Captain America is now black, Thor becomes a woman, and comic character Archie Andrews is shot and killed while saving his gay friend.
The annual pop-culture carnival that is the Comic-Con Festival got under way in San Diego on Thursday with fans welcoming the world of change facing so many beloved characters.
An estimated 150,000 devotees of comics, video games, fantasy and action movies are expected to throng the four-day extravaganza in southern California, many opting to don costumes of their favorite characters.
The streets surrounding the festival resemble a surreal bazaar: a miniature Darth Vader asleep on the shoulders of his father, dressed as Bart Simpson, or Princess Elsa from "Frozen" posing with "Avengers" heroine Black Widow.
Blonde-haired blue-eyed Eric Jensen came dressed as Captain America, accompanied by his seven-year-old son, a hammer-wielding mini Thor.
"I relate a lot with Captain America," Jensen explained. "He was in the Navy and so was I, he is patriotic, me too. He keeps strong values in the face of adversity," the insurance agent added.
But Jensen was surprised to learn of the seismic shift in direction that Captain America's creators at Marvel announced last week, namely that the iconic superhero would become black.
In another tilt away from white, male archetypes, Thor is being reimagined as a female Norse goddess.
"I wonder what context this is, why are they doing that," Jensen said.
Marvel has explained that the change will come when Steve Rogers, aka Captain America, becomes weakened and passes his shield and duties to trusty black sidekick Sam Wilson, previously known as "The Falcon."
"It's fantastic, I like that," Jensen told AFP.
A short distance away, 21-year-old graphic designer Daniela Applegate caused a sensation with her pyramid-shaped warrior costume inspired by a video game.
- 'Sexist archetypes' -
She also welcomed the changes facing so many iconic characters from the world of pop culture.
"It is about time this world gets rid of its sexist archetypes," she said.
While Thor's metamorphosis into a Norse goddess may have raised eyebrows, strong female characters are legion at Comic-Con such as Lux, from the game "League of Legends."
Shannon Sorensen, a student dressed as purple-haired cartoon character Pyrrha Nikos, echoed Applegate's views.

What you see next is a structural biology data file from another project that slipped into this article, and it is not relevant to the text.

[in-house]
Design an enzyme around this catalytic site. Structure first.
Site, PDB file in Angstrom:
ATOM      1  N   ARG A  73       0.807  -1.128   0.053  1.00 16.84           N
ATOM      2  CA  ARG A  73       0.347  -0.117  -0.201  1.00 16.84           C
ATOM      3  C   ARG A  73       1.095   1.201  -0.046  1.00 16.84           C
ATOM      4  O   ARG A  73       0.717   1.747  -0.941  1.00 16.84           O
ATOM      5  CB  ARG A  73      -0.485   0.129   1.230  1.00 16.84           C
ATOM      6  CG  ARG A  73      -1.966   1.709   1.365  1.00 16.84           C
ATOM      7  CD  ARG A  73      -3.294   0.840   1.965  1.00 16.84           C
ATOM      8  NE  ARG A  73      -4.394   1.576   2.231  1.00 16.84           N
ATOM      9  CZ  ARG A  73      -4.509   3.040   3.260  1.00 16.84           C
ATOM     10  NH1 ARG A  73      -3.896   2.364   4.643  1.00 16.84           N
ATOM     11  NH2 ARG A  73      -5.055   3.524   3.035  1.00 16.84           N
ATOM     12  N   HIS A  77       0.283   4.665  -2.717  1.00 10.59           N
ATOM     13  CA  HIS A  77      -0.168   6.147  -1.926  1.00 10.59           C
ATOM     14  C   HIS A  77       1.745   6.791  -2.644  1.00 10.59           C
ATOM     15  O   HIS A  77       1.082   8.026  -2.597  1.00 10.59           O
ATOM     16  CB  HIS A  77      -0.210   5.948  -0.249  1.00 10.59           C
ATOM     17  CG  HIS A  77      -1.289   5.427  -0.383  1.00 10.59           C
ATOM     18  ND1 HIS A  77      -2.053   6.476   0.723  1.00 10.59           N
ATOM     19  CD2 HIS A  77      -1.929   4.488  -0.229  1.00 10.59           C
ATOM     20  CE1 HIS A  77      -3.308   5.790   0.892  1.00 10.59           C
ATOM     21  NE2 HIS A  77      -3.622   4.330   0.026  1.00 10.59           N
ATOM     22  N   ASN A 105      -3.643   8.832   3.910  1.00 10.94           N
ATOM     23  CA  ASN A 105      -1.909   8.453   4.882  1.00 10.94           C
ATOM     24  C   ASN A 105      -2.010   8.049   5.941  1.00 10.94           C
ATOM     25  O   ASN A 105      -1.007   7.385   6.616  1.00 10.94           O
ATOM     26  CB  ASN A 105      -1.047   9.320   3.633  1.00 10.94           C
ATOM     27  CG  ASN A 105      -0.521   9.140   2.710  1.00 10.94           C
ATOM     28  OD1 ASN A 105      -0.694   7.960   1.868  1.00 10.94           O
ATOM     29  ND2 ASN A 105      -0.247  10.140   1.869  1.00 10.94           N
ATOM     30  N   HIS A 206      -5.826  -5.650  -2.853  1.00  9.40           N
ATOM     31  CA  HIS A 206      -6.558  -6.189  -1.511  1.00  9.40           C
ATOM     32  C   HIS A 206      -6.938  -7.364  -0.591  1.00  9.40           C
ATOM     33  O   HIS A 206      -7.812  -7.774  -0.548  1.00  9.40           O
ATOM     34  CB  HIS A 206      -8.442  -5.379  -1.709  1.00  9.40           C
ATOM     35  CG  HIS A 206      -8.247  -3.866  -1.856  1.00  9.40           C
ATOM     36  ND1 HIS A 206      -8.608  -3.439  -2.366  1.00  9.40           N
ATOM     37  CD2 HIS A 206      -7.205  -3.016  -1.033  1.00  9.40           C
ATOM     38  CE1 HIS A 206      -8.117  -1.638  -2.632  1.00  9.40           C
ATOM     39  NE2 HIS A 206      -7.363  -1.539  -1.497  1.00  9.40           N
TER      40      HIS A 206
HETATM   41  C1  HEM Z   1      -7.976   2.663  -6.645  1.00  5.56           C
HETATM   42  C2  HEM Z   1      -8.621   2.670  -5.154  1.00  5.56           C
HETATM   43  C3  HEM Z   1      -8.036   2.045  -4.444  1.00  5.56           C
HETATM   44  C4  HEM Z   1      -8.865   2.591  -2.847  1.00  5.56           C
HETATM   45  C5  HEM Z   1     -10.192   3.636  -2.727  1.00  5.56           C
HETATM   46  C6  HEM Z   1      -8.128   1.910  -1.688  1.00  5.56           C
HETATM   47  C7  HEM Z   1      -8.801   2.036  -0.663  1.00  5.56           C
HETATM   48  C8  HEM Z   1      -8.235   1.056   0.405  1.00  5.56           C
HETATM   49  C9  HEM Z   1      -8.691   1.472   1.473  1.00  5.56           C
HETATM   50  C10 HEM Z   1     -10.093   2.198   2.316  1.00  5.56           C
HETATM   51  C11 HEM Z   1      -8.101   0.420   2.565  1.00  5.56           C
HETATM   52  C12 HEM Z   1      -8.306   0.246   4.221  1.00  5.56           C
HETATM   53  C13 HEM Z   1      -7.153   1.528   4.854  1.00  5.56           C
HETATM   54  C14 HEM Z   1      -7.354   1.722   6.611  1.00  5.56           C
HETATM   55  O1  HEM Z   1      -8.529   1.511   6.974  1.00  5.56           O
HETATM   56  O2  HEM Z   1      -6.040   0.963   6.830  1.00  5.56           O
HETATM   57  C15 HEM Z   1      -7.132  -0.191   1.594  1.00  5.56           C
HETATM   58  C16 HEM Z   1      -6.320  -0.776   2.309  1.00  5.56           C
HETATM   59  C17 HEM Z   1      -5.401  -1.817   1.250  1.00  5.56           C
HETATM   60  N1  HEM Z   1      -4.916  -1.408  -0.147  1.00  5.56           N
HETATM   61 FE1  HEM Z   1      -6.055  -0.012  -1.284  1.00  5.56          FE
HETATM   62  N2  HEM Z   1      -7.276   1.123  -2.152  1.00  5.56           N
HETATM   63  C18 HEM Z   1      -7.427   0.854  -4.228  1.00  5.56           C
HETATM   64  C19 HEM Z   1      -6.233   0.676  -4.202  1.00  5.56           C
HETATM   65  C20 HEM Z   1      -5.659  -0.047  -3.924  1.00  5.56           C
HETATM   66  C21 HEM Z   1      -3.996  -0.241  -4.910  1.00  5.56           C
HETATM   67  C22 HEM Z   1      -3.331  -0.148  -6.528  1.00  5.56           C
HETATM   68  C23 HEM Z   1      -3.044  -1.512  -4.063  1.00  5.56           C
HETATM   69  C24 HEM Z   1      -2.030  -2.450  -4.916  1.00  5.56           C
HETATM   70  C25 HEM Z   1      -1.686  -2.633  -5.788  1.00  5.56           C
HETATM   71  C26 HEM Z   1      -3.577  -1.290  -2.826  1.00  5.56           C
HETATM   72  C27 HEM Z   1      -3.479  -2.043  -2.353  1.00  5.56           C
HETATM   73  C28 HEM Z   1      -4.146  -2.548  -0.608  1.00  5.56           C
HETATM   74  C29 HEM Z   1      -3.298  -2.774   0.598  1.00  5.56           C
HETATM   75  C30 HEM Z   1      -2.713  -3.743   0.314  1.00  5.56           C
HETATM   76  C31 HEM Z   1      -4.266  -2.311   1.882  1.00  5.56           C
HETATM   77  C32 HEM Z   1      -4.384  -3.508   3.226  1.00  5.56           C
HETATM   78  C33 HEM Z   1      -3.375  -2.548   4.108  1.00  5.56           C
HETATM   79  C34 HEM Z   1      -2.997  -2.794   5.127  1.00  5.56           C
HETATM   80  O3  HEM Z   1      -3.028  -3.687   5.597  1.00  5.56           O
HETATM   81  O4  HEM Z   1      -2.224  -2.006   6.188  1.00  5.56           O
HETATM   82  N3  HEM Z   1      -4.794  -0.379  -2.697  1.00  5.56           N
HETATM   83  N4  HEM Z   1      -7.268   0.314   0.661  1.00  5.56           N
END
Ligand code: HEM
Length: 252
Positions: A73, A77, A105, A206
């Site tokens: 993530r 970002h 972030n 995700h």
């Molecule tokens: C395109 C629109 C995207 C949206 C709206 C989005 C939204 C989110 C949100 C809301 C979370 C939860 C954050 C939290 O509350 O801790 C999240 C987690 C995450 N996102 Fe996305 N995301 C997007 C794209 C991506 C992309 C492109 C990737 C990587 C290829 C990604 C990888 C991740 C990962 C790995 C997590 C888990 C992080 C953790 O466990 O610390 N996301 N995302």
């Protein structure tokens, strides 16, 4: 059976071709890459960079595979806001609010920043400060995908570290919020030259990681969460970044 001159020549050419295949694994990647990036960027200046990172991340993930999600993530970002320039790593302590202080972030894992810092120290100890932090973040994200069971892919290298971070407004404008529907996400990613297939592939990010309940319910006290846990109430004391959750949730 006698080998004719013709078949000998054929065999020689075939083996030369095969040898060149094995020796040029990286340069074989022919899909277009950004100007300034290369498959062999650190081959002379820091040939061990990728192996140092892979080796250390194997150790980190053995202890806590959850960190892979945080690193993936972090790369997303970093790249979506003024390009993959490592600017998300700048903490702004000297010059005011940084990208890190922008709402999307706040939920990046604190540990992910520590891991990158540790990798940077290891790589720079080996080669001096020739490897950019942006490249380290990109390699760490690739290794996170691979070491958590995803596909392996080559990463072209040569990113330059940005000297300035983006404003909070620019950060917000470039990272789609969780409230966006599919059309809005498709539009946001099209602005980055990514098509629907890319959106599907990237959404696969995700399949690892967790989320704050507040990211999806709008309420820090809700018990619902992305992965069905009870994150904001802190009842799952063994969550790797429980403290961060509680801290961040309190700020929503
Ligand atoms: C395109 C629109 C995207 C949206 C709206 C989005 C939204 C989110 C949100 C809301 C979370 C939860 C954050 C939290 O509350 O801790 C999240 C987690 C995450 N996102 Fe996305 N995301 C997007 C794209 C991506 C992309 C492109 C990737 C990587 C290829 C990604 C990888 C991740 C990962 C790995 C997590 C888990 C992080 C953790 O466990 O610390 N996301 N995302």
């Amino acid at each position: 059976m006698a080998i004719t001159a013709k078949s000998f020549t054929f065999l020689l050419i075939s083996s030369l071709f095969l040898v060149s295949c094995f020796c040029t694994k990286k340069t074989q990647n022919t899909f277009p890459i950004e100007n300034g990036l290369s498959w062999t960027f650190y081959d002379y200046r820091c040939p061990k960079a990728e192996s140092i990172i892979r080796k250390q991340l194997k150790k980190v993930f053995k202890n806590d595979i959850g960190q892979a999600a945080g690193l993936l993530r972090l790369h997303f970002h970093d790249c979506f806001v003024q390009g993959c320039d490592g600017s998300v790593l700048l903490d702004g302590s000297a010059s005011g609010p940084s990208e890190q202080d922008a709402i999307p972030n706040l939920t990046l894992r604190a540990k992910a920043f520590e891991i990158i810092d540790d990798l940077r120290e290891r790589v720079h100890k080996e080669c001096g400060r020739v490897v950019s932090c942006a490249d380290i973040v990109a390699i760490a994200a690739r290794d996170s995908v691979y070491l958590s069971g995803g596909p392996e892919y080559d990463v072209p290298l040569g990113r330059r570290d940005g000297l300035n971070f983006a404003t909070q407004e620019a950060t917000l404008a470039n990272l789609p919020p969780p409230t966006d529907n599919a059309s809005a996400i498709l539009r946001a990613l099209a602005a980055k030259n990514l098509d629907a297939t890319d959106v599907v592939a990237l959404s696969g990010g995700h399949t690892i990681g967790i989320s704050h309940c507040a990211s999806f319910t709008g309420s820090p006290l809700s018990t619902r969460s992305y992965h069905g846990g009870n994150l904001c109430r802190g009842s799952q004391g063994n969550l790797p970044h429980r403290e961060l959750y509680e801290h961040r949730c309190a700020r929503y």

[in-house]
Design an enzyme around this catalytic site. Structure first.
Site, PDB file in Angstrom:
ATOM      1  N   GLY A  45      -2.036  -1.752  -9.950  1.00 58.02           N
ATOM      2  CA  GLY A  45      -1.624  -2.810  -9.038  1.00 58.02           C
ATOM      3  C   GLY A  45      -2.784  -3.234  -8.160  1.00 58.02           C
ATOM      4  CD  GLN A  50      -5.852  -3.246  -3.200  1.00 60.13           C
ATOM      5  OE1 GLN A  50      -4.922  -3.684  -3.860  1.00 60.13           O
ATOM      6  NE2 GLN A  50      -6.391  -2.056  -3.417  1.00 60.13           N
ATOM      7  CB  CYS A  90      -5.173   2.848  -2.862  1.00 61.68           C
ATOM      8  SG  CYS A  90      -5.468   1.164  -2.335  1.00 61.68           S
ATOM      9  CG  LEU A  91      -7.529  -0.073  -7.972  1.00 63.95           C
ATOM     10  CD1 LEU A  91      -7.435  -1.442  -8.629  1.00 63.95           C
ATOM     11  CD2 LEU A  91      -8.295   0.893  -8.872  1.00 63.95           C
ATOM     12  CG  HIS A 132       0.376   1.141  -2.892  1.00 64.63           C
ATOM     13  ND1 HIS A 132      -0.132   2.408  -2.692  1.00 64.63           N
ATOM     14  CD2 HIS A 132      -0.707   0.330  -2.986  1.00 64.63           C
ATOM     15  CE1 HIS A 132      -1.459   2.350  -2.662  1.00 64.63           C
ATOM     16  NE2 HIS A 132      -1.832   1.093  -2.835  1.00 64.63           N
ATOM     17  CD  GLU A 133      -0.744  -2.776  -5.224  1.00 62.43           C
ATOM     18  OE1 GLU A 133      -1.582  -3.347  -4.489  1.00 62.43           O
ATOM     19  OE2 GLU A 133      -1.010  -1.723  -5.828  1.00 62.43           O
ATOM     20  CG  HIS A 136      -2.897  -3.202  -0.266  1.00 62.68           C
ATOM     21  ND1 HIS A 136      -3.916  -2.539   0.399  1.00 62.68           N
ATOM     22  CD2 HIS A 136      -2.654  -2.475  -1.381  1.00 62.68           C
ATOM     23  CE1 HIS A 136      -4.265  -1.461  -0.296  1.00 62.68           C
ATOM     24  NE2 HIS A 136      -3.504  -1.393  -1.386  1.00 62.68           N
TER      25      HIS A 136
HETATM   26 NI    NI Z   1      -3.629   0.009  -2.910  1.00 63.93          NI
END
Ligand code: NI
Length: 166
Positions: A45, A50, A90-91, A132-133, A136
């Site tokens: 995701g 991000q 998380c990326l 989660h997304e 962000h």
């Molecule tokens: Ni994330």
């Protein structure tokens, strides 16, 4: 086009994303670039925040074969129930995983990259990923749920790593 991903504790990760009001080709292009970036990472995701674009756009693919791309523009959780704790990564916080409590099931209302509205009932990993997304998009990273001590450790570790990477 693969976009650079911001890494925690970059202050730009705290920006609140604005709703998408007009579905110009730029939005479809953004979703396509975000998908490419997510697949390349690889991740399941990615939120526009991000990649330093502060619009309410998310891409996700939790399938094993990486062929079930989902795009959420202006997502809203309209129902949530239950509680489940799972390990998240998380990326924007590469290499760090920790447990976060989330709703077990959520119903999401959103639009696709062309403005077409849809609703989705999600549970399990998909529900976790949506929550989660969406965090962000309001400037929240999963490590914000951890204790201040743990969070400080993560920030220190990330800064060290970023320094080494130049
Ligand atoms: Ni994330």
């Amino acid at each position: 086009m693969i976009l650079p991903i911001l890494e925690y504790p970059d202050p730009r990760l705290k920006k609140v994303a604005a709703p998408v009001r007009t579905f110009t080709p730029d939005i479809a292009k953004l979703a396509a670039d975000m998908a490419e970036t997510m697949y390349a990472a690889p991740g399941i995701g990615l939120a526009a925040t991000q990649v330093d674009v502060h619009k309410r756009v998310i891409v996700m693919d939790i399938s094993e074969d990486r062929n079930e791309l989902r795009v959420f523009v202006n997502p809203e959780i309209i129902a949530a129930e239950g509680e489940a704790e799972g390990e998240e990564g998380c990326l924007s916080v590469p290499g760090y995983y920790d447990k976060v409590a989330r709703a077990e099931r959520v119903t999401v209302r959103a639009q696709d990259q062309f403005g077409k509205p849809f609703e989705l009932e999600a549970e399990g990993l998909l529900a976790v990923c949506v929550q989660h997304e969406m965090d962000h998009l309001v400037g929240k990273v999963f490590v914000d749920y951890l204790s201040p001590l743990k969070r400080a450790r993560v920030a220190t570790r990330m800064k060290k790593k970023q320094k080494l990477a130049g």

"It is time the superheroes stop reflecting archetypes and an ethnicity of the past," she said.
Sorensen was sceptical, however, about the "honesty" of Marvel, owned by Disney.
"Disney sells princesses to little girls and they bought Marvel and its characters for boys," she said, even allowing for the fact that the heroine of Disney's "Frozen" has captivated both boys and girls on its way to becoming the most successful animated movie of all time.
Brian Jordan, who organises an alternative comic and film festival specialising in homosexual and transgender characters, is also tired of stories about "a boy that falls in love with a girl who gets in trouble and he rescues her."
But the 47-year-old welcomed Marvel's decision to turn Thor into a woman.
He was also impressed by the decision of the creators of Archie Andrews to kill off the character, heroically taking a bullet to save the life of his gay friend.
"It's a start," said Jordan, citing other gay characters in shows such as "The Venture Bros" and "Superjail!"
Sorensen cited a recent gay marriage in "Green Lantern" and a kiss between Superman and Batman.
Dina Mills, dressed as a character from "Mysterious Ways," came to Comic-Con with her son. She reveled in the escapism of the event.
"I'm a stay at home mom. It gives me an escape and let me become somebody else," she said.
But she was less certain about the gender shift for "Thor."
"I'm a big fan of Thor as it is but you know how it goes, people complain and then they get used to it," she said.